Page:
At the beginning of Whale Fall & Black Sage, “three strange angels” command the poet: “Go down./ Now you must love that too.“ Embarking on a journey to become fully present with the world as it is, she descends into the darkness of whale fall, encountering strange creatures, a world of death and rebirth. Returning, she moves through a natural world that is conscious, infused with meaning. The book ends with a fully embodied Whitmanesque crow. In Whale Fall & Black Sage, the praise poems of Here Along Cazenovia Creek have deepened and become more resonant: “This is the blood/of black sage:/resinous, unfailing.//A leaf crushed/between fingers like this/saves us from desolation.”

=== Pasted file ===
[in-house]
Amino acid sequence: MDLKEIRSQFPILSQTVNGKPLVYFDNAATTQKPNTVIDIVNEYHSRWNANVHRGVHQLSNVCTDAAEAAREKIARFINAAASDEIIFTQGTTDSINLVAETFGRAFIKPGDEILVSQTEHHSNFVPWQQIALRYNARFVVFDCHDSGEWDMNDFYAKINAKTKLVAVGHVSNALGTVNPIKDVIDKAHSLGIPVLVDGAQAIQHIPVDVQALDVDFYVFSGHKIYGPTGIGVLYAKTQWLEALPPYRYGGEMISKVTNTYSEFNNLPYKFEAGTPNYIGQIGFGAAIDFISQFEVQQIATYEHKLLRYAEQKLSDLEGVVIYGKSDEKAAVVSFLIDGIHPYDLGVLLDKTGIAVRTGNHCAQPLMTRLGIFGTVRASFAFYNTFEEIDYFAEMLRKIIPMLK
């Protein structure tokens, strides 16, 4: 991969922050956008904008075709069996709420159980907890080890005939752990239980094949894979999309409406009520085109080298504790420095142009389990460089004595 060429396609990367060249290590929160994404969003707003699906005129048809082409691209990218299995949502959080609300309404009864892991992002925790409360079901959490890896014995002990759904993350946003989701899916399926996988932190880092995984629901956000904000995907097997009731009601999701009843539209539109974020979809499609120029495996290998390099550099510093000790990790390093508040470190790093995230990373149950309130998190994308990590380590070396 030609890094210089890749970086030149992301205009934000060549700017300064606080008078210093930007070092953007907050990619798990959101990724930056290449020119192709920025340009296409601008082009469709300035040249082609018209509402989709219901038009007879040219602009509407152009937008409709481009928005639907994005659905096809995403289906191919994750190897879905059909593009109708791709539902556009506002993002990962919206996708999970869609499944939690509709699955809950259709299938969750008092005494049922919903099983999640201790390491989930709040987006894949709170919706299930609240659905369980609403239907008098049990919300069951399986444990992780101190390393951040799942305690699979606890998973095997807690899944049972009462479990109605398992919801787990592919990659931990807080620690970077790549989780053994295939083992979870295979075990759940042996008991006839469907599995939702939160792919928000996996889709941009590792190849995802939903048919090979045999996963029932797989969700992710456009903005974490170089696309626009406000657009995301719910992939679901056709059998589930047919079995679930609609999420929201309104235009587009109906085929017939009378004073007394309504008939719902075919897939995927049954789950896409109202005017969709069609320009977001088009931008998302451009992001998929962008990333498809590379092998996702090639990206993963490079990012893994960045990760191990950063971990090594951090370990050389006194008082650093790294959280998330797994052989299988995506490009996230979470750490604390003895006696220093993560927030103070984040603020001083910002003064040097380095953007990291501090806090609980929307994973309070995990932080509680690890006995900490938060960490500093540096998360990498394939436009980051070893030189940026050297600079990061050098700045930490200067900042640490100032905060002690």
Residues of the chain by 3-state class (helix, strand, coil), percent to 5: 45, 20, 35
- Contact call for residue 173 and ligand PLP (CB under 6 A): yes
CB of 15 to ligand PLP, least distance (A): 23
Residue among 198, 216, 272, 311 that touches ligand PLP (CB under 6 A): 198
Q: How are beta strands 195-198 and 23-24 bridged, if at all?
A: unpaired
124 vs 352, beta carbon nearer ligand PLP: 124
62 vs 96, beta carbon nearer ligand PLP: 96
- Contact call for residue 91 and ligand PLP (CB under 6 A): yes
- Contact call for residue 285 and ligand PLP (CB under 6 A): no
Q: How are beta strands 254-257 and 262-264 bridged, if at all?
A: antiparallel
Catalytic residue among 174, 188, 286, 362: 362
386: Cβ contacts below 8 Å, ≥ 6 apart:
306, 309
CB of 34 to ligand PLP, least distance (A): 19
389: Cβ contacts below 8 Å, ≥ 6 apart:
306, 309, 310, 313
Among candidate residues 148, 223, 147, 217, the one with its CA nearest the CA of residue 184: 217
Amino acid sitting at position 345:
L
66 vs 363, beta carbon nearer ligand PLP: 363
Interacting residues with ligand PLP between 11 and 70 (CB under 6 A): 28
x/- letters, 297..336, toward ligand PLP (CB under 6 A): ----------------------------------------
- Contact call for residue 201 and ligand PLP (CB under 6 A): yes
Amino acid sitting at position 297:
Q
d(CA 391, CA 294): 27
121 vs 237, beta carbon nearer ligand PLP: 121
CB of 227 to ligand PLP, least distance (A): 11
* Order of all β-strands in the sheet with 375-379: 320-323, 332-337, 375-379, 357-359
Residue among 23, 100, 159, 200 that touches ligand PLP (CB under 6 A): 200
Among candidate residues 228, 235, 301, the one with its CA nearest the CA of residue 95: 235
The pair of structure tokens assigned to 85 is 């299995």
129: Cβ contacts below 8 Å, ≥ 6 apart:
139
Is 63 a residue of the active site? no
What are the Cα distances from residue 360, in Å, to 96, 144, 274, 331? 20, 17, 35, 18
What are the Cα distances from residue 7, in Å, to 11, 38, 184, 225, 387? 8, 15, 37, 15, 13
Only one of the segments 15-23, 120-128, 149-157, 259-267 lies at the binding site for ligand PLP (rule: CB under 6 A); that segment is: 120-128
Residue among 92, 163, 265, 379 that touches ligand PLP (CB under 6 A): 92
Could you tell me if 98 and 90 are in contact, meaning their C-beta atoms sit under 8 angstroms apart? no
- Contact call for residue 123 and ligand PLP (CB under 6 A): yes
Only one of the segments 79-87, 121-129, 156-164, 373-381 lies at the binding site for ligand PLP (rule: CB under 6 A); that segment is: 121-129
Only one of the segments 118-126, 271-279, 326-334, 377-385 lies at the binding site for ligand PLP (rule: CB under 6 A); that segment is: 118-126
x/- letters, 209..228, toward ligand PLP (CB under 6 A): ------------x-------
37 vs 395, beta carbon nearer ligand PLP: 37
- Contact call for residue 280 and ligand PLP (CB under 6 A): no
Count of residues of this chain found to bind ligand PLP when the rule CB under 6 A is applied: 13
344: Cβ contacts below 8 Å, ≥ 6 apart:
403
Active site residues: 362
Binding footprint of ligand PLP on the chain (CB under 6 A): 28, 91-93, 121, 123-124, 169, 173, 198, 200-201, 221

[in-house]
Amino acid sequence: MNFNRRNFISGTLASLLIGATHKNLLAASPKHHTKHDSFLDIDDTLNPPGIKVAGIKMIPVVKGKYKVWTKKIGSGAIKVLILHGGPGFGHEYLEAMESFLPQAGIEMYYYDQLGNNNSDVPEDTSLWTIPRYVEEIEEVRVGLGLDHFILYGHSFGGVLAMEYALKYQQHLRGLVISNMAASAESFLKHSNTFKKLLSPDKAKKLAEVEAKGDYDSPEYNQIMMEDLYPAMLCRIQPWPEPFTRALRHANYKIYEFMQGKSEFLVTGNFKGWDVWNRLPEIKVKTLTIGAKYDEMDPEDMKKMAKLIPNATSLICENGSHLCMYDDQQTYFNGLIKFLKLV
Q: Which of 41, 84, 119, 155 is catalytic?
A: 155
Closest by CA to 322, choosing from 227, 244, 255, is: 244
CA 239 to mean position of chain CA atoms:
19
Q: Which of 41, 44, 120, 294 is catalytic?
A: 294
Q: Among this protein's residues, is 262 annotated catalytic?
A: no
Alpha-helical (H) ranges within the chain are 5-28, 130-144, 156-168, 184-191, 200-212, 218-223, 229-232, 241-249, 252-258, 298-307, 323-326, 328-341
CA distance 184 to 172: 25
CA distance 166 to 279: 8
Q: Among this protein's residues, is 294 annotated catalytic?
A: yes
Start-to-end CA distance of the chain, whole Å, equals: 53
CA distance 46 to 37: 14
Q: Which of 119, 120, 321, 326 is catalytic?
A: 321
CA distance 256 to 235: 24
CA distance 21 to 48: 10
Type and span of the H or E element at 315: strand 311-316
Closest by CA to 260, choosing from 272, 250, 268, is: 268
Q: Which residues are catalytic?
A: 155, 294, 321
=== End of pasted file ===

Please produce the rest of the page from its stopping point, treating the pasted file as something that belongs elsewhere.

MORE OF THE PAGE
“Ruth Thompson’s very beautiful poems about Ruths and Whales and Bears and even Minotaurs are prayers we all need, prayers she gives us here in all she sees.  And we thank her.”

— Esther Cohen, author of Breakfast With Allen Ginsberg, and many other books



“...poems that thread and weave through a mythic mapping of the self…shap[ing] a body that travels through light and dark, hunger and nourishment…to save the self against isolation and desolation. These poems are, ultimately, about renewal, about following a songline “of being alive and fine to see” in order to find our way home.”

—Maura MacNeil, author of Lost Houses and A History of Water


ISBN  9781732952102

December 21, 2018

$18 (Kindle $7.99)

Ruth Thompson

Whale Fall & Black Sage